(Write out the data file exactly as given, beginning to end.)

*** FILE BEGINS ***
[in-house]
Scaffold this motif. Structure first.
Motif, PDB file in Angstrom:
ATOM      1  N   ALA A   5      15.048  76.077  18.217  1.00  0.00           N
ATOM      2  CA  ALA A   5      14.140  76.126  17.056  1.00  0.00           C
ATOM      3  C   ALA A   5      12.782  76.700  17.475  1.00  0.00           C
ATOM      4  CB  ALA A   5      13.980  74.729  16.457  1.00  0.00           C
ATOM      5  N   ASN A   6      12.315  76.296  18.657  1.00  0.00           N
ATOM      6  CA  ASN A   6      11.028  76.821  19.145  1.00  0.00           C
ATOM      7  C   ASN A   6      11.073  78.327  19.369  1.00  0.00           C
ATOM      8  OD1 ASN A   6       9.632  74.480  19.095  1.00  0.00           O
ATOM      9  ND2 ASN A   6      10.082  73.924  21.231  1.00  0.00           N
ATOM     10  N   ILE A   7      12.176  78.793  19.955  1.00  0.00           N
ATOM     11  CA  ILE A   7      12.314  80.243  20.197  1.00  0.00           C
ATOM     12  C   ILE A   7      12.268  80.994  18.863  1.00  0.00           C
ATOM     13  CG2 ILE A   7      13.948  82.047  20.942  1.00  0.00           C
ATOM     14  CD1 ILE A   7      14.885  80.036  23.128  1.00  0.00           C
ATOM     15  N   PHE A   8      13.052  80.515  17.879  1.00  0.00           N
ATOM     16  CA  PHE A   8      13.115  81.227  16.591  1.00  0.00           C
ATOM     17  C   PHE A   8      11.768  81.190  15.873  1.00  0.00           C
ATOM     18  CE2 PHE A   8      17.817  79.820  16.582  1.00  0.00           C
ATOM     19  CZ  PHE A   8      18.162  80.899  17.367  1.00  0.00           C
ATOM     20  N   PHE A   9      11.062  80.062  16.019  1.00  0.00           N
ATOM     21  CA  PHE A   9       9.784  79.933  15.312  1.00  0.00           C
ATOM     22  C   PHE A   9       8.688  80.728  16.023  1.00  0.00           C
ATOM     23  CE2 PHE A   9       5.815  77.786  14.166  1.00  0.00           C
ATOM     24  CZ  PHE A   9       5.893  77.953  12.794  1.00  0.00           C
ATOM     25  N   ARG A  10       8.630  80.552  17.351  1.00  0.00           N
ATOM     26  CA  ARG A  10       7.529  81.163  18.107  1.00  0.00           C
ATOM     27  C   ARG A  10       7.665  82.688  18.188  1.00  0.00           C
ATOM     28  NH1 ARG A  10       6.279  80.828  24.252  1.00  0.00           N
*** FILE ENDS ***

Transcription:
[in-house]
Scaffold this motif. Structure first.
Motif, PDB file in Angstrom:
ATOM      1  N   ALA A   5      15.048  76.077  18.217  1.00  0.00           N
ATOM      2  CA  ALA A   5      14.140  76.126  17.056  1.00  0.00           C
ATOM      3  C   ALA A   5      12.782  76.700  17.475  1.00  0.00           C
ATOM      4  CB  ALA A   5      13.980  74.729  16.457  1.00  0.00           C
ATOM      5  N   ASN A   6      12.315  76.296  18.657  1.00  0.00           N
ATOM      6  CA  ASN A   6      11.028  76.821  19.145  1.00  0.00           C
ATOM      7  C   ASN A   6      11.073  78.327  19.369  1.00  0.00           C
ATOM      8  OD1 ASN A   6       9.632  74.480  19.095  1.00  0.00           O
ATOM      9  ND2 ASN A   6      10.082  73.924  21.231  1.00  0.00           N
ATOM     10  N   ILE A   7      12.176  78.793  19.955  1.00  0.00           N
ATOM     11  CA  ILE A   7      12.314  80.243  20.197  1.00  0.00           C
ATOM     12  C   ILE A   7      12.268  80.994  18.863  1.00  0.00           C
ATOM     13  CG2 ILE A   7      13.948  82.047  20.942  1.00  0.00           C
ATOM     14  CD1 ILE A   7      14.885  80.036  23.128  1.00  0.00           C
ATOM     15  N   PHE A   8      13.052  80.515  17.879  1.00  0.00           N
ATOM     16  CA  PHE A   8      13.115  81.227  16.591  1.00  0.00           C
ATOM     17  C   PHE A   8      11.768  81.190  15.873  1.00  0.00           C
ATOM     18  CE2 PHE A   8      17.817  79.820  16.582  1.00  0.00           C
ATOM     19  CZ  PHE A   8      18.162  80.899  17.367  1.00  0.00           C
ATOM     20  N   PHE A   9      11.062  80.062  16.019  1.00  0.00           N
ATOM     21  CA  PHE A   9       9.784  79.933  15.312  1.00  0.00           C
ATOM     22  C   PHE A   9       8.688  80.728  16.023  1.00  0.00           C
ATOM     23  CE2 PHE A   9       5.815  77.786  14.166  1.00  0.00           C
ATOM     24  CZ  PHE A   9       5.893  77.953  12.794  1.00  0.00           C
ATOM     25  N   ARG A  10       8.630  80.552  17.351  1.00  0.00           N
ATOM     26  CA  ARG A  10       7.529  81.163  18.107  1.00  0.00           C
ATOM     27  C   ARG A  10       7.665  82.688  18.188  1.00  0.00           C
ATOM     28  NH1 ARG A  10       6.279  80.828  24.252  1.00  0.00           N